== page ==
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Extraordinary Lifestyle Entrepreneur Challenge (3 of 8)

Marketing to Local Business Owners

by Motivation Expert Jim Cathcart

Pexels-photo-327538Business to Business, B to B, is well known and understood. So is B to C; business to customer. But what about B to N?

Business to Neighbors is often overlooked as a vital part of your marketing mix.

Within a few blocks radius of most urban and suburban businesses there are many other entities who share this geographic space with you. There are offices, service stations, coffee shops, convenience stores, quick service restaurants, grocery stores, repair shops, and retailers of all types. Among the neighboring offices there are law firms, accountants, technology consultants, marketing firms, hair salons, doctors offices and so much more. And every one of these people (including their employees and customers) drive right past you each week.

How many of them really know you exist? I mean, they are aware of your presence and they understand generally what you do, how many? How many of them do business with you and refer others to you? I see an opportunity, how about you?

Since they are within easy walking distance from your door, even on a bad weather day, you could reach them with no expense and little effort. Have you done so?

Here’s a thought: How about having someone simply walk the neighborhood and make a list of all the businesses within 2 blocks radius of your home base? List them all by business name and address. In office buildings take a photo of the building’s directory too. To make this project easy you might hire someone articulate, nicely dressed and polite to simply drop by each of the locations and exchange one of your business cards for one of theirs. Have them say, “We are based right here in the neighborhood and just wanted to say Hello and let you know that we are your neighbor. If we can ever be of help to you please let us know. Here’s our card. May I have one of yours?” Or, if you have a free-offer flyer or discount coupon or some other type of inexpensive ‘gift’ you can leave, that’s even better.

When you accumulate all the cards and notes of your neighboring businesses; start a Contacts List titled “Business Neighbors” and fill in what information you have as a beginning, with plans to expand each contact record over time. There will be turnover and some businesses will leave but your list can have many valuable future uses. It can be useful for business and even in the event of a local emergency should you need to reach out to others.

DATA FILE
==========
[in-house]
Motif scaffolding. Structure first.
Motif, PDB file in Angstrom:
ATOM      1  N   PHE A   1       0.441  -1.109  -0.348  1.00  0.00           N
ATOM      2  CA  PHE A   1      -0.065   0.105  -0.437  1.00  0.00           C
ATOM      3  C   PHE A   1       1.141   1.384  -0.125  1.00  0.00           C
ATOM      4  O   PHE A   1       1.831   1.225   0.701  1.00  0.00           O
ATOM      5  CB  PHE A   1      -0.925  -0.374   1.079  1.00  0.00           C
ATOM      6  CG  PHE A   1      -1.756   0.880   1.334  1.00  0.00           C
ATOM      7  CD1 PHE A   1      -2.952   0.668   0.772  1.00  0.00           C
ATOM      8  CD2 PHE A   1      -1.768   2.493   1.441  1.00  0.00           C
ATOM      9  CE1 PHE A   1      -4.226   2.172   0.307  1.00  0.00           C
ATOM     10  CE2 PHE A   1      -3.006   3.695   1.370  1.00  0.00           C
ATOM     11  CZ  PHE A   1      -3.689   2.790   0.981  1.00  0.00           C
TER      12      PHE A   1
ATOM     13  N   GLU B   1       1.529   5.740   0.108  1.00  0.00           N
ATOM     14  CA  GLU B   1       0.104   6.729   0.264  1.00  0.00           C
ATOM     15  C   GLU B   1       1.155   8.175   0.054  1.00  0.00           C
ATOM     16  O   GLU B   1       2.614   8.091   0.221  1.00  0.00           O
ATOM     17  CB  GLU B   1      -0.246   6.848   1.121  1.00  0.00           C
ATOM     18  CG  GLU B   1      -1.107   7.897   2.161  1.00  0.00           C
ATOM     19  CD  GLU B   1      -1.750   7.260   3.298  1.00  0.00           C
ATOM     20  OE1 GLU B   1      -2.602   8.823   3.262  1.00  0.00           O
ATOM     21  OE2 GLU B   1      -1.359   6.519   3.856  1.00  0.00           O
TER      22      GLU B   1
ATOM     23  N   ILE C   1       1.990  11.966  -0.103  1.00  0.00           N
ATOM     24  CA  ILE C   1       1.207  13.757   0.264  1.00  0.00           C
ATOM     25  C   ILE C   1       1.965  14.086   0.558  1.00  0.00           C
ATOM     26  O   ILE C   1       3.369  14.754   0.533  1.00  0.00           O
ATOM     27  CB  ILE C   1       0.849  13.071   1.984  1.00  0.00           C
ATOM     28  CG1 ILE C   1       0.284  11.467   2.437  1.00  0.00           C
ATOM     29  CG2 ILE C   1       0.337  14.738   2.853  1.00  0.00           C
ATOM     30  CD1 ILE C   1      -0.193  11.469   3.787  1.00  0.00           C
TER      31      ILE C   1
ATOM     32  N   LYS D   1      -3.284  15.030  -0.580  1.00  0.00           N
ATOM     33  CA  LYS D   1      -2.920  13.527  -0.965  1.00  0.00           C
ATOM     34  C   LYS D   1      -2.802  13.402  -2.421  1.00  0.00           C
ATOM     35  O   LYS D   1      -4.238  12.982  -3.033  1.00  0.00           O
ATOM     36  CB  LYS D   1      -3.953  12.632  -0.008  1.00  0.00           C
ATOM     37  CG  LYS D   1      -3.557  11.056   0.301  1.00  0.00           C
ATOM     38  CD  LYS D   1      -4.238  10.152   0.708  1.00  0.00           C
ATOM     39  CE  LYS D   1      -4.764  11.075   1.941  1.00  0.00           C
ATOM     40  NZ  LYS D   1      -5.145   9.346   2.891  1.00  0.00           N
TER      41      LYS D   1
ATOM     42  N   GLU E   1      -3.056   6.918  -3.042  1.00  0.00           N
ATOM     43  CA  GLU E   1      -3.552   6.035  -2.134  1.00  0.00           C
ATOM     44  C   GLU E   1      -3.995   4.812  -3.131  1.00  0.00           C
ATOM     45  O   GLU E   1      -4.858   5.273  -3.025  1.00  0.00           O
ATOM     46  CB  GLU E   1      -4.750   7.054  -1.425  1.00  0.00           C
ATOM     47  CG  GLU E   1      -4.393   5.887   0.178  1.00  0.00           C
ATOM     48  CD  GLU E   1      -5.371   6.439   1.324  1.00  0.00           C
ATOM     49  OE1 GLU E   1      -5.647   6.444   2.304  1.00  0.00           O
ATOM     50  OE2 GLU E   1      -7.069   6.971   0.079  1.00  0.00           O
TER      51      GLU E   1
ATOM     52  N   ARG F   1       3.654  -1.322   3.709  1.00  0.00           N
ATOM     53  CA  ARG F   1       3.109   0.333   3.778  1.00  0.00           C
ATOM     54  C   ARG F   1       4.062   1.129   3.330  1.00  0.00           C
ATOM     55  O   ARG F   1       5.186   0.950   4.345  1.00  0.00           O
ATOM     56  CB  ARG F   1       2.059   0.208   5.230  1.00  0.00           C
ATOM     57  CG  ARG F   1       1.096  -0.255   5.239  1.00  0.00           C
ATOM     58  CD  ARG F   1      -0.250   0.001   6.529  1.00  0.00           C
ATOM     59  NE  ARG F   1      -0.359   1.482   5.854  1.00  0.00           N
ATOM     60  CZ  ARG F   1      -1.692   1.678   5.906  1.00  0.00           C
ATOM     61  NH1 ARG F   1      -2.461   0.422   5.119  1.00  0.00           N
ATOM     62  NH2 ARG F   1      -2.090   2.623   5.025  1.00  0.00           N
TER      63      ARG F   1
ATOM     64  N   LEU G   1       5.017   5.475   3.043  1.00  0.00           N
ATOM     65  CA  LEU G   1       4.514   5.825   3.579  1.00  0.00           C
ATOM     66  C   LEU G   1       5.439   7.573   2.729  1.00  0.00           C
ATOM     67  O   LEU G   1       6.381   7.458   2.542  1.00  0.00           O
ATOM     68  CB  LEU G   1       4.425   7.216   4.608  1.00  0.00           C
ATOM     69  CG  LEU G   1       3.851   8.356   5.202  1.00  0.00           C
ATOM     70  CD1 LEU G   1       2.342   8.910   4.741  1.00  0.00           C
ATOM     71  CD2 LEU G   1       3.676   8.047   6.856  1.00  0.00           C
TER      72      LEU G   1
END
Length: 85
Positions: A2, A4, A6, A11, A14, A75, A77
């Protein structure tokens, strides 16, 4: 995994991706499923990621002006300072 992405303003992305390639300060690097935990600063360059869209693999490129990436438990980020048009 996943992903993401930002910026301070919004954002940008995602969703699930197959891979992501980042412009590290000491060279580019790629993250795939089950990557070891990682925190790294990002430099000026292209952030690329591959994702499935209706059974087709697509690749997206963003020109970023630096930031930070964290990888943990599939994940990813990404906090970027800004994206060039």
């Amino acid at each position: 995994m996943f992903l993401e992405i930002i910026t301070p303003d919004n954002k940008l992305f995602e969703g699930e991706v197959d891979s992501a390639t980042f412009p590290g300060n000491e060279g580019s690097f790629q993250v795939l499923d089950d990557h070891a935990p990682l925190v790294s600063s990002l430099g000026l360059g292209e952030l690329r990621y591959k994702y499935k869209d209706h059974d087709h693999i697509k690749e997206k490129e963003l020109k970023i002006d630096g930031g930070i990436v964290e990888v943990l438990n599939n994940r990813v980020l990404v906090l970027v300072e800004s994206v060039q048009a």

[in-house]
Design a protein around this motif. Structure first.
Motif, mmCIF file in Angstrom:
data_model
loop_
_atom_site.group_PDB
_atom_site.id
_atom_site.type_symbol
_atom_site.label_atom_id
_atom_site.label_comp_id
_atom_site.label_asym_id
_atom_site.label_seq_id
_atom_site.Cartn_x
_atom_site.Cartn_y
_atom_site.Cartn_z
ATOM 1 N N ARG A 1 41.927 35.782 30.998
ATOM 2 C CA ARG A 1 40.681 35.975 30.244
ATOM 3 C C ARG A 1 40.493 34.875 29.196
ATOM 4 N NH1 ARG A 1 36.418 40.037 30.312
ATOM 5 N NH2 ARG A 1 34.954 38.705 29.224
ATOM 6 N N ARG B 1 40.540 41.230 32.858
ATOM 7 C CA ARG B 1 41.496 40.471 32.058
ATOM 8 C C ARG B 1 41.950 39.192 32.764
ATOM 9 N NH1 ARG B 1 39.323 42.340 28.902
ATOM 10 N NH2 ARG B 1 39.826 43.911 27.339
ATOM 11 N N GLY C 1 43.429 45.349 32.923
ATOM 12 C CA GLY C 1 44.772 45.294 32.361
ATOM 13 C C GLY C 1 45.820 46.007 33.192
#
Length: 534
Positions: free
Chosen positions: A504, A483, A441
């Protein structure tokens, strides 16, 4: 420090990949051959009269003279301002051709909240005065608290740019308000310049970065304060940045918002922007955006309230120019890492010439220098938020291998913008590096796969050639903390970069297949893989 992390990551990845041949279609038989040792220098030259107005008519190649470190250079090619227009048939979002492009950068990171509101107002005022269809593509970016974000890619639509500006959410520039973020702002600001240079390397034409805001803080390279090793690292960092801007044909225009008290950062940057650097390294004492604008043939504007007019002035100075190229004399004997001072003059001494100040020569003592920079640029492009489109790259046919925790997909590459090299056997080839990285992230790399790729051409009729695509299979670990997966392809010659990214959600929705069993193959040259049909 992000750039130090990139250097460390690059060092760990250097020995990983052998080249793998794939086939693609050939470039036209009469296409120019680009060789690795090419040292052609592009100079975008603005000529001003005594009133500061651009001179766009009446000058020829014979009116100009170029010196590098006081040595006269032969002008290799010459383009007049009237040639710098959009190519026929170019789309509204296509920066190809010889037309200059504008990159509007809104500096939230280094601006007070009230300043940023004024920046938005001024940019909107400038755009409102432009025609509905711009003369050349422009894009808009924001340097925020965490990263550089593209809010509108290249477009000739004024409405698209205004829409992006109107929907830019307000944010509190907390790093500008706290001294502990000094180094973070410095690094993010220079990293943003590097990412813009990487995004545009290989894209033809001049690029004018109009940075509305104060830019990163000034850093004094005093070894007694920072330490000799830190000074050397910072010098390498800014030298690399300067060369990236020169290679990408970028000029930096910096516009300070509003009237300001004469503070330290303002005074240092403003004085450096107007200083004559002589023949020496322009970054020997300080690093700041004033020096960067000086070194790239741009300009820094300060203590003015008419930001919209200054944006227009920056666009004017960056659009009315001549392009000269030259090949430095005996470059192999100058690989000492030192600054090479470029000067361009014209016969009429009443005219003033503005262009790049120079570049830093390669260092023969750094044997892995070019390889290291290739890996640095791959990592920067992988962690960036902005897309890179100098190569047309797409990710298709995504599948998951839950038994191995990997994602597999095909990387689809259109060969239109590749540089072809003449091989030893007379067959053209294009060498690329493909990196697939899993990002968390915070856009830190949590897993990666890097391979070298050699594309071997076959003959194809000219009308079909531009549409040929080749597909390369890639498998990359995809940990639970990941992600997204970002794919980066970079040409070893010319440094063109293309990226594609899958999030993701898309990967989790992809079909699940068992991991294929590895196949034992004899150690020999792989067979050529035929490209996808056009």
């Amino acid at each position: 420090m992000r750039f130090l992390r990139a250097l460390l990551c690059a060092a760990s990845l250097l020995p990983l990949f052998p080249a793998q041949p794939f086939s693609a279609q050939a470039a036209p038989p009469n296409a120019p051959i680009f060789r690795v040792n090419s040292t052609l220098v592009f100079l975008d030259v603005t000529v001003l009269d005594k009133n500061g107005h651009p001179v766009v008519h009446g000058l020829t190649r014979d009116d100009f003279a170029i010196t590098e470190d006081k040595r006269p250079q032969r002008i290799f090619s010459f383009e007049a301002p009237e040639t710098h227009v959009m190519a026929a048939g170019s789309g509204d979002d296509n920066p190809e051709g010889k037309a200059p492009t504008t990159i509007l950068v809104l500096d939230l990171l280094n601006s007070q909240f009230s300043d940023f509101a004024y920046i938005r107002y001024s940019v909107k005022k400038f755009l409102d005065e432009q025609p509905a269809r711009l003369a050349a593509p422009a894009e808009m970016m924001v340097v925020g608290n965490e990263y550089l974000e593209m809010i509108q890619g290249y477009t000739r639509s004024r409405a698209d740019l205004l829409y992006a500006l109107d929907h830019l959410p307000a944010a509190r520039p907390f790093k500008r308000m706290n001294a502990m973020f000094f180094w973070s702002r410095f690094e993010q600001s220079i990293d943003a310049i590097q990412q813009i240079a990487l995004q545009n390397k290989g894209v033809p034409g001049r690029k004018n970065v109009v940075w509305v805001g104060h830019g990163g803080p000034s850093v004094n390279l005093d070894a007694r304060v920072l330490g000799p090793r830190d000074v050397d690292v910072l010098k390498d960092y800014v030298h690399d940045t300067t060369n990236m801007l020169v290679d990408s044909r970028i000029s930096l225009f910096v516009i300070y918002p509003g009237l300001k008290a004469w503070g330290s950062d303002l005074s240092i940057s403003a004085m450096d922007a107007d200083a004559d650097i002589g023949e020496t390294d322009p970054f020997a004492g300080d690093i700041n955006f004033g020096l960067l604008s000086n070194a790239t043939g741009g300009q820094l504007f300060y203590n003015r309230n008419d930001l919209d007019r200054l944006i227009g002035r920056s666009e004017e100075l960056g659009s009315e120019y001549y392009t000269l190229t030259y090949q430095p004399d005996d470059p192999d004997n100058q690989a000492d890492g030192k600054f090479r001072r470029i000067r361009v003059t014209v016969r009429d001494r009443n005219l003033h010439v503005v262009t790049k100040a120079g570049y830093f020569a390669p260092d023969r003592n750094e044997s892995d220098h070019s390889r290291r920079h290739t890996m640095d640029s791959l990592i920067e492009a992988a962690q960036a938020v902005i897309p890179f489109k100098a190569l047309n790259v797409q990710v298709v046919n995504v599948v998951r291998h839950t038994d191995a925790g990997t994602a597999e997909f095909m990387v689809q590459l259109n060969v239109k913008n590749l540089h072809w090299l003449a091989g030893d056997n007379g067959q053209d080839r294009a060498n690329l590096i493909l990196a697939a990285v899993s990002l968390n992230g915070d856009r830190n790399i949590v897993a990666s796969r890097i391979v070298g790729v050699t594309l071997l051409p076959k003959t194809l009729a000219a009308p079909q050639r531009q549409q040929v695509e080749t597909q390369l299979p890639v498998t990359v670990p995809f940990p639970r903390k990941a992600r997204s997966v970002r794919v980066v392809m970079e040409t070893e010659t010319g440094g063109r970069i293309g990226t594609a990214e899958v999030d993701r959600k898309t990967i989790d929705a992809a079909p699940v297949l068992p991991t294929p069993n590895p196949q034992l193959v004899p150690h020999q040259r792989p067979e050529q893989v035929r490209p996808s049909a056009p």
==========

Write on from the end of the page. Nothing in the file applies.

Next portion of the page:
As you flesh out each contact record be sure to note the name of the owner or manager of the business and their main phone number and web address. Get their email too when you can and, of course, note their street address. In the Notes section try to describe what they do. If you don’t know; well, that’s your homework. Sooner or later, find out what they do. Set a goal to fill out 3 or more of their contact records each week till you are finished. Don’t turn this into ‘work’, just keep it in front of you until you have a really good Business Neighbors list.

Once your list is somewhat complete with just the basic information on each one, develop a marketing plan. Set the following goals:

  • Learn the name of the owner or manager of each business. 
  • Understand what they do as a business. Who do they serve and how?
  • Give them some information to help them understand who you serve and how. (Once they understand who your customers would be, then they can become a good referral source for you. It’s free prospecting!)
  • Find a way to host or encourage an event that will bring all of the neighbors together. Help sponsor a ‘mixer’ or host a reception, or hold a demonstration of what you do, or invite them to a special event. Keep it low key and inexpensive and easy to attend, no planning on their part.
  • Look for ways to refer business to them. Pay it forward. Give them reasons to appreciate you and to become curious about how they can help you too.

You will be amazed at how much business is right in your own side or back yard. Some of the people you know really well probably have offices or relatives who work there and you never knew it. Many of your customers do business with you Business Neighbors. Some of your former customers still come to the area to do business with others. Give them a reason to visit you again too.

Be a Good Neighbor…it’s truly profitable.

Jim Cathcart, CSP, CPAE, Sales & Marketing Hall of Fame

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